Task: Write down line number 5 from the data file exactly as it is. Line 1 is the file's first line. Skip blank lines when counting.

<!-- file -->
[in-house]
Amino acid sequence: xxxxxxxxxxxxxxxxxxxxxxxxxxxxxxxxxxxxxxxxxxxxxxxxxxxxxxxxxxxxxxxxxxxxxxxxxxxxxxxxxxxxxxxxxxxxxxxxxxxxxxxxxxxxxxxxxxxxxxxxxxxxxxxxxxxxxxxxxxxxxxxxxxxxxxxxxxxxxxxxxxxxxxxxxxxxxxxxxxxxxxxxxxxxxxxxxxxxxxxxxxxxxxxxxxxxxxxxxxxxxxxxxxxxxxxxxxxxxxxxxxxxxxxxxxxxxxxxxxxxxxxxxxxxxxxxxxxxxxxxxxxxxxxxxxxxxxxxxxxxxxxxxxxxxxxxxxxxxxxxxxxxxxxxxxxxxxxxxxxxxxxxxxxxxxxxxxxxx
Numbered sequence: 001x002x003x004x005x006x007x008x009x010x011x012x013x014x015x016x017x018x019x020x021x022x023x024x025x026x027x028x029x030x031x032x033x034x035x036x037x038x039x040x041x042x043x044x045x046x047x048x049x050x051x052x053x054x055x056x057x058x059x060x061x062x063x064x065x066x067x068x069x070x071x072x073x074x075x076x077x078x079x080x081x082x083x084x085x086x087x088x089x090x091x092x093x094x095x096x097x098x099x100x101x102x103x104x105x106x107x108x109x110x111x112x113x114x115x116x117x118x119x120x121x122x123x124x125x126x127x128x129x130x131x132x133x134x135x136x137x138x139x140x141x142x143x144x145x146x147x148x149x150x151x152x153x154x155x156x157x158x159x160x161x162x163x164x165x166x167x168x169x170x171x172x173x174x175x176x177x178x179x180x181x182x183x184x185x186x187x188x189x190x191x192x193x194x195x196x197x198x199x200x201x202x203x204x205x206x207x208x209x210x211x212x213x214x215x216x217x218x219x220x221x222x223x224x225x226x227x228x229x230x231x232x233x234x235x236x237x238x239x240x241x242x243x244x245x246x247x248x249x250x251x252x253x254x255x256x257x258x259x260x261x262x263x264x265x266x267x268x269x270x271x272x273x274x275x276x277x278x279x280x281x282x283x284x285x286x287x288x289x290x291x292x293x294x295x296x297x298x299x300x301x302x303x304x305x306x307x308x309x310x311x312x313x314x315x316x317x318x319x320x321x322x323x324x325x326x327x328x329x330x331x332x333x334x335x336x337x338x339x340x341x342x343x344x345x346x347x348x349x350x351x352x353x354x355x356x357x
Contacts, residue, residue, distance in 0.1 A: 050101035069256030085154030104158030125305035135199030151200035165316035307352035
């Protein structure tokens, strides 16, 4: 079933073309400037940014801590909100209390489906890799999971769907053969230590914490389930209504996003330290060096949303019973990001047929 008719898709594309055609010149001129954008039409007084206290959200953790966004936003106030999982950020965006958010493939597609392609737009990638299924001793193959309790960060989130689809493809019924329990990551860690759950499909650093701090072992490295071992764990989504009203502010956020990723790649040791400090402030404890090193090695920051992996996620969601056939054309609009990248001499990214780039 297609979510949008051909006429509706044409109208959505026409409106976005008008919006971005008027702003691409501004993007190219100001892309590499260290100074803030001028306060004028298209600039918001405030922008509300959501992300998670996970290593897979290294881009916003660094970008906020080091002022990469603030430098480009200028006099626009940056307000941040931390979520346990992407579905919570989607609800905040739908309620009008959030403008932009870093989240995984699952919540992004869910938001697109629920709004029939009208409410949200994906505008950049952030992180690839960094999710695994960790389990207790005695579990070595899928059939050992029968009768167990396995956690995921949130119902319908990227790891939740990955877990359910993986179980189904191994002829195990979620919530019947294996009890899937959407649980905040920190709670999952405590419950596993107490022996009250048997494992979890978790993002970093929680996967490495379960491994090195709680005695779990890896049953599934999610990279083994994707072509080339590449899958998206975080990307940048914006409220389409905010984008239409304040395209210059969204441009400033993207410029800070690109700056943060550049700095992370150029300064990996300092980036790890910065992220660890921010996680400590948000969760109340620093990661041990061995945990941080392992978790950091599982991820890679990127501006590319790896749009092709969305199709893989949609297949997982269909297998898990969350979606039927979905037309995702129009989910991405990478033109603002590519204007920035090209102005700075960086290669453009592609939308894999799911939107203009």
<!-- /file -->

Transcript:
């Protein structure tokens, strides 16, 4: 079933073309400037940014801590909100209390489906890799999971769907053969230590914490389930209504996003330290060096949303019973990001047929 008719898709594309055609010149001129954008039409007084206290959200953790966004936003106030999982950020965006958010493939597609392609737009990638299924001793193959309790960060989130689809493809019924329990990551860690759950499909650093701090072992490295071992764990989504009203502010956020990723790649040791400090402030404890090193090695920051992996996620969601056939054309609009990248001499990214780039 297609979510949008051909006429509706044409109208959505026409409106976005008008919006971005008027702003691409501004993007190219100001892309590499260290100074803030001028306060004028298209600039918001405030922008509300959501992300998670996970290593897979290294881009916003660094970008906020080091002022990469603030430098480009200028006099626009940056307000941040931390979520346990992407579905919570989607609800905040739908309620009008959030403008932009870093989240995984699952919540992004869910938001697109629920709004029939009208409410949200994906505008950049952030992180690839960094999710695994960790389990207790005695579990070595899928059939050992029968009768167990396995956690995921949130119902319908990227790891939740990955877990359910993986179980189904191994002829195990979620919530019947294996009890899937959407649980905040920190709670999952405590419950596993107490022996009250048997494992979890978790993002970093929680996967490495379960491994090195709680005695779990890896049953599934999610990279083994994707072509080339590449899958998206975080990307940048914006409220389409905010984008239409304040395209210059969204441009400033993207410029800070690109700056943060550049700095992370150029300064990996300092980036790890910065992220660890921010996680400590948000969760109340620093990661041990061995945990941080392992978790950091599982991820890679990127501006590319790896749009092709969305199709893989949609297949997982269909297998898990969350979606039927979905037309995702129009989910991405990478033109603002590519204007920035090209102005700075960086290669453009592609939308894999799911939107203009």